Our Superb Herb Supplier

I love cooking with fresh herbs as they turn an everyday meal into a culinary masterpiece. Fresh herbs provide not only vibrant flavour, but make the food look and smell amazing! Although the wonderful world of fresh herbs can be confusing as there’s such a variety of herby goodness.

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We’ve worked together with our wonderful herb supplier Superb Herb to provide this helpful information to take the guess work out of working with our herbs. 

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Basil (above, left) – a fragrant and spicy herb, that’s almost peppery

The 'king of herbs' is the perfect crown for pasta and salads. Cooking robs this glorious green of its fresh, anise-like flavour – so add it last, or scatter liberally atop dishes when serving.

Thai Basil (above, right) – a type of sweet basil, with small, narrow leaves.

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Bay Leaves (above) – an aromatic, Mediterranean leaf

Bay laurel leaves were once the thing to crown ancient Greek Olympians. Nowadays, we’d rather flavour our dishes with them. Use whole fresh leaves during cooking, and remember to remove before serving.

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Chives (above, left) – subtle onion with grass-like leaves

This oniony wonder is one of the ‘fines herbes’ of French cuisine: a combination that includes tarragon, chervil and parsley. Jazz up savoury dishes in a snip (with your scissors.

Garlic Chives (above, right)– the flat version of chives with a broad leaf and faint garlic flavour 

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Coriander (above) - a lively flavour

Also known as cilantro, this globetrotting herb lends its uniquely tangy flavour to Mexican, Thai and Indian dishes. It’ll zest up salads, curries, and make a sublime Asian style pesto. 

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Dill (above) - fresh and grassy with feathery leaves

Dill may be wispy, but it’s no wimp – with its refreshing, summery taste that’s a combination of fennel, anise and celery. 

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Italian Flat-Leaf Parsley (above) - a variety of parsley with flat leaves (often confused with coriander)

This useful herb is popular in Mediterranean cooking, with a stronger, sweeter flavour than its curly cousin. Keep it perky by wrapping stems in wet paper towels. Curly parsley is milder than the flat-leaf variety, it has a peppery and fresh flavour. 

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Kaffir Lime (above) – a highly aromatic Indonesian leaf

This essential Southeast Asian ingredient is a unique fusion of lemongrass and lime: add whole leaves to dishes or slice with a sharp knife to release the wonderful aroma. Leaves freeze well and keep their flavour in a ziplock bag.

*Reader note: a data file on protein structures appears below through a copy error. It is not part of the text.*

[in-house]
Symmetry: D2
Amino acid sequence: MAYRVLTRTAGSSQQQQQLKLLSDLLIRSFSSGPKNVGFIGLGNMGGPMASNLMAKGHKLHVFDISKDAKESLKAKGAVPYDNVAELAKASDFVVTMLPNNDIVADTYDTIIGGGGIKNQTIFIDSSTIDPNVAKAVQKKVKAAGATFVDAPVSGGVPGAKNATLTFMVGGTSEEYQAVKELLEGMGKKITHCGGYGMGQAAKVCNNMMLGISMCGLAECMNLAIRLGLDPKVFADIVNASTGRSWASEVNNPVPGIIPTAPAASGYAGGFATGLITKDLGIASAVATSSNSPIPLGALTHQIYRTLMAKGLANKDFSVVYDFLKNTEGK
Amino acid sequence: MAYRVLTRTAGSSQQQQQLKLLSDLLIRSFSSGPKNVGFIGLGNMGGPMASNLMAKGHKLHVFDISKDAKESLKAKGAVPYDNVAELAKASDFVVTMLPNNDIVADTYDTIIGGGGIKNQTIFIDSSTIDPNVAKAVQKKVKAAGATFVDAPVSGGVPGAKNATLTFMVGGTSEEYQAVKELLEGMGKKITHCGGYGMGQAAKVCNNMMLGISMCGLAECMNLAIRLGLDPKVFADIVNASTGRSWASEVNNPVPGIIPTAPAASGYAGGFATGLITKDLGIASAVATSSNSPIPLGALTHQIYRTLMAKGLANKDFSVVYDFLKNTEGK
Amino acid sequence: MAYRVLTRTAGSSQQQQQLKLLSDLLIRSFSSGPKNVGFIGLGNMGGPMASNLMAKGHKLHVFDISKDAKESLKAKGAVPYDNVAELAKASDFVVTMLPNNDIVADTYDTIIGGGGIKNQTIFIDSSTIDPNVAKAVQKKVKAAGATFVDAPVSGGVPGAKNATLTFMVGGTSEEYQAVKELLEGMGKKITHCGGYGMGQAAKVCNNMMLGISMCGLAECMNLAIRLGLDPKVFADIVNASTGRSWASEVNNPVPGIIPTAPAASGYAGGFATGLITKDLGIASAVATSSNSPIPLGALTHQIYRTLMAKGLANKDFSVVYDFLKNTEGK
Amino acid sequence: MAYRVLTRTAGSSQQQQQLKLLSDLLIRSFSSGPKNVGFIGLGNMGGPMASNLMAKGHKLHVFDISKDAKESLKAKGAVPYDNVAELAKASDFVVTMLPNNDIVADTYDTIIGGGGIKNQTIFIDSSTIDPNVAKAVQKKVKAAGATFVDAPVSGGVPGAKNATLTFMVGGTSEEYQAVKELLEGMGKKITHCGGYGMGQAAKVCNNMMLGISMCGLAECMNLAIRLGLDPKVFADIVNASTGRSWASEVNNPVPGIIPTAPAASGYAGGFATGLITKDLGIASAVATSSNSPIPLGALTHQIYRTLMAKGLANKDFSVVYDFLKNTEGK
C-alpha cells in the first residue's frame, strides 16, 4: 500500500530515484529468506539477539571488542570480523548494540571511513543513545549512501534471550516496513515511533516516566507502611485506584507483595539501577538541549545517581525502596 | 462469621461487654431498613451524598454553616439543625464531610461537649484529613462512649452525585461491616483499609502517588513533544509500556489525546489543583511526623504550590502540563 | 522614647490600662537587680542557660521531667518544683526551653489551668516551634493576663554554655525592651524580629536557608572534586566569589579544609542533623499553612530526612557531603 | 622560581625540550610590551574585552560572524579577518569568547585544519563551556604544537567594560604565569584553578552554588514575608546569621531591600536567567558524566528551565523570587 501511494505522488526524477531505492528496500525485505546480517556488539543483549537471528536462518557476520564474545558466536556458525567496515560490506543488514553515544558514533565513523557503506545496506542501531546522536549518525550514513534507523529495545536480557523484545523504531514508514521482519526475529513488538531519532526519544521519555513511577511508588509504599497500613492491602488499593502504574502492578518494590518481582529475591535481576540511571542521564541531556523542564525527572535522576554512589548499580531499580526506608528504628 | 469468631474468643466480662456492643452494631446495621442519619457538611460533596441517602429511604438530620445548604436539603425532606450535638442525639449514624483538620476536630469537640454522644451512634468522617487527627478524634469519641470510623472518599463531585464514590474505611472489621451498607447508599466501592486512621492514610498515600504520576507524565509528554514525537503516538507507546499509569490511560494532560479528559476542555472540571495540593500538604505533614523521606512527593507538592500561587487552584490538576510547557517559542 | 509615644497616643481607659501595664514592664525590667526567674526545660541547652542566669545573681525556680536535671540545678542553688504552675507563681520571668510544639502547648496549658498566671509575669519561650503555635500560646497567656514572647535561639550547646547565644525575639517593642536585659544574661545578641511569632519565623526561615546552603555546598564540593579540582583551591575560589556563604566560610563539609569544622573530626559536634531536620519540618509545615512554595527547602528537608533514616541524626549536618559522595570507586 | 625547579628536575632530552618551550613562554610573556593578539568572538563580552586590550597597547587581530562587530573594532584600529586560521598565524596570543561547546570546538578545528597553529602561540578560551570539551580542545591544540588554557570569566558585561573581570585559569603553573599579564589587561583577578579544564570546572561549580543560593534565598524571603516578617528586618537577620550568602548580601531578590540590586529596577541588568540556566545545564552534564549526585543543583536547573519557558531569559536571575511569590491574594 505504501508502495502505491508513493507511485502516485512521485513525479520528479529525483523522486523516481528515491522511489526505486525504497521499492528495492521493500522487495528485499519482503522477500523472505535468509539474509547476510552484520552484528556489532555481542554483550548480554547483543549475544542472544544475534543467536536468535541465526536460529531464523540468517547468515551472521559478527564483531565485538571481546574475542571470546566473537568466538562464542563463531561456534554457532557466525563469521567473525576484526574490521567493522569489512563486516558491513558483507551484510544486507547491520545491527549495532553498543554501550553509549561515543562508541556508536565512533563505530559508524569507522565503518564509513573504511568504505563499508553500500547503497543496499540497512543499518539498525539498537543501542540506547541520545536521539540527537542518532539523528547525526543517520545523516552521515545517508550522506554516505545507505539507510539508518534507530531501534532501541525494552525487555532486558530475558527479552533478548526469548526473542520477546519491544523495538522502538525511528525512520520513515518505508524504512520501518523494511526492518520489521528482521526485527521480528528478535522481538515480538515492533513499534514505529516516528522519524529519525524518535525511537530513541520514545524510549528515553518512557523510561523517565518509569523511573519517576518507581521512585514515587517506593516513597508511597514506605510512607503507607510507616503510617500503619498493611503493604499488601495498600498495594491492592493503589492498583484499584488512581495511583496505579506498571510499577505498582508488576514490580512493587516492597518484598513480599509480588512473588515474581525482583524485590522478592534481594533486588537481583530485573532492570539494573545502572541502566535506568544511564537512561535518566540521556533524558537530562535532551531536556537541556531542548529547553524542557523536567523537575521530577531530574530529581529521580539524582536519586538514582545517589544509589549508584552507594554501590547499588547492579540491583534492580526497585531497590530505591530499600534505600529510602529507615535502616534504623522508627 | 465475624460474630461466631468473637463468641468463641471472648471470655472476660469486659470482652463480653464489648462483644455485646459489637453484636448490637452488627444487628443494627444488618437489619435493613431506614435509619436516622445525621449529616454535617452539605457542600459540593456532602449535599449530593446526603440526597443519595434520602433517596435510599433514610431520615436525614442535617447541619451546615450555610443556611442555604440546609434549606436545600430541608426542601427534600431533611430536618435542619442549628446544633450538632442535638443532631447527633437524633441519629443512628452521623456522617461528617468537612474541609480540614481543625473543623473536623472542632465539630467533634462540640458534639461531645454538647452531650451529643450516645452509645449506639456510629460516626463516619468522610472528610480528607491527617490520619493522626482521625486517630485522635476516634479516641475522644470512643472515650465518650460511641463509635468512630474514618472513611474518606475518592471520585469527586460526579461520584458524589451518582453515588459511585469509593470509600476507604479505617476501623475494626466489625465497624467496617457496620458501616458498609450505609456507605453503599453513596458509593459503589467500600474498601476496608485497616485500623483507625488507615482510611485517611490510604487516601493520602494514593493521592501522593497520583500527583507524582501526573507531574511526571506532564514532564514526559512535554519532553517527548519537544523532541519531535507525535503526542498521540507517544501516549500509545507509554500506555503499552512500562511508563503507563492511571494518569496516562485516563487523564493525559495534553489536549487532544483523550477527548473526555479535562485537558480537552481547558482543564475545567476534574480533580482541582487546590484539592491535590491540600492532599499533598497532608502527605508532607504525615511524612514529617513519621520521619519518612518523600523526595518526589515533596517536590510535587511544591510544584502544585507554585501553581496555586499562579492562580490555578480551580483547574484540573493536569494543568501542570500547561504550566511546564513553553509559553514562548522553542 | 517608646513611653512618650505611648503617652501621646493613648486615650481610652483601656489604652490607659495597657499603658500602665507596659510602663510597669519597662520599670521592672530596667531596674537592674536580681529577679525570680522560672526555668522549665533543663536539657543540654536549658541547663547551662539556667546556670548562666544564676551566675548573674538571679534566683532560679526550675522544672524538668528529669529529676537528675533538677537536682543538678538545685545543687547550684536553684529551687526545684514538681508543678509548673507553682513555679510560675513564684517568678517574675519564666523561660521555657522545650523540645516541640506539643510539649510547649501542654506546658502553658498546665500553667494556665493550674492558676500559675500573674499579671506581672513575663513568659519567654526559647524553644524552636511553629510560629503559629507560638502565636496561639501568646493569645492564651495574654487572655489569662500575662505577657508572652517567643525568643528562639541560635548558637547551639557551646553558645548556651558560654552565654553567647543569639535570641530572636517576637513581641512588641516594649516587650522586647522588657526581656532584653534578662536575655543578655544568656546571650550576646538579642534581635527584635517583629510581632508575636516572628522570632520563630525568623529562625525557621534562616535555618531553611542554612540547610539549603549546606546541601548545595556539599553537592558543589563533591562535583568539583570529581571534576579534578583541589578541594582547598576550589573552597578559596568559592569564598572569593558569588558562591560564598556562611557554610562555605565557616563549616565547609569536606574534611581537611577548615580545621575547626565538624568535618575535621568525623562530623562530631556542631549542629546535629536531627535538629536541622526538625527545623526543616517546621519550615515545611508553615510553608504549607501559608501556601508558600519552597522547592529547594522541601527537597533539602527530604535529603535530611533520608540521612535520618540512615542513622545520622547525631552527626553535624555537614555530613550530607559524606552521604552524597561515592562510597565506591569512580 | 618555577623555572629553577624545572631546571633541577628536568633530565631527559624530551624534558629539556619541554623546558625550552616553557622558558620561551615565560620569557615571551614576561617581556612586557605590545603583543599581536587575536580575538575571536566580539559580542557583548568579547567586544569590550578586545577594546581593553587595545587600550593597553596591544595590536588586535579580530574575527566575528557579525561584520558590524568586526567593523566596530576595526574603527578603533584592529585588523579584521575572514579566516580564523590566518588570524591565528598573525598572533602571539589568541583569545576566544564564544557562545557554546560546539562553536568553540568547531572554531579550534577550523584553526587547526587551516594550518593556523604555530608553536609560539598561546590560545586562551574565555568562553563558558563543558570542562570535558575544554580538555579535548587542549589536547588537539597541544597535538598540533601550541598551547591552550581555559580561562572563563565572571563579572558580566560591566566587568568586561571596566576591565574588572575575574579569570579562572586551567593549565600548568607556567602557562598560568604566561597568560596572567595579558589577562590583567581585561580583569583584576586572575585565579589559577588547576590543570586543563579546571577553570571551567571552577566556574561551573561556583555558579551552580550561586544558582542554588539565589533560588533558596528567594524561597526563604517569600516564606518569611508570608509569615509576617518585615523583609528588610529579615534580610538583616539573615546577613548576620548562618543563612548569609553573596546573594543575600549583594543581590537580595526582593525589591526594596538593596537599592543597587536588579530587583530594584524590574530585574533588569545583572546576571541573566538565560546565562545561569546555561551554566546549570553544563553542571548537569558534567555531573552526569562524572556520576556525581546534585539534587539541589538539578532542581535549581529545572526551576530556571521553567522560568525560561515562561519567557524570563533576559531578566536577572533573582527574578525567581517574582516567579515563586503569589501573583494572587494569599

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Lemon Grass (above) – a lemony scented stalky plant

You’ll find the zesty citrus taste and aroma of lemongrass absolutely essential for infusions, soups and curries. Peel, crush and chop, or simply add bulbs and stalks whole while cooking.

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Marjoram (above) – this milk, sweet flavoured herb similar to oregano

Not to be confused with its famous cousin oregano, marjoram has a sweeter, more delicate flavour that holds its own. Add chopped leaves near the end of cooking.

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Mint (above) - cool; brightens up both savoury and sweet dishes

Known in Greek mythology as the herb of hospitality, versatile mint makes dishes unforgettable, and cocktails that won’t help one’s memory at all! To keep mint minty fresh, pop it in the fridge or freeze leaves in ice cubes for later.

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Oregano (above) - earthy; balances acidic tomatoes

It may be typecast as the ‘pizza herb’, but oregano is used widely in Mediterranean kitchens, for its warm, aromatic flavour that’s a hit in spaghetti sauce, lamb dishes and eggplant.

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Rosemary (above) - pungent aroma and pine flavour

Rosemary has a robust flavour that complements a variety of ingredients like lamb, pork and chicken, and almost anything roasted. Use the whole sprig, or remove leaves from the stalk and chop finely.

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Sage (above) – very aromatic and woodsy

This versatile herb’s a real meat lover! Its rich, pungent flavour gets on famously with pork, beef and all sorts of poultry – and loves slow cooking.

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Thyme (above) - minty and citrusy

Destined to work tirelessly in your kitchen, this culinary Cinderella sprinkles its aro-magic on red or white meats, and can handle long cooking times. Use the whole sprig or remove the leaves by pulling gently through your fingers. 


For more wonderful ways with fresh herbs, visit superbherb.co.nz

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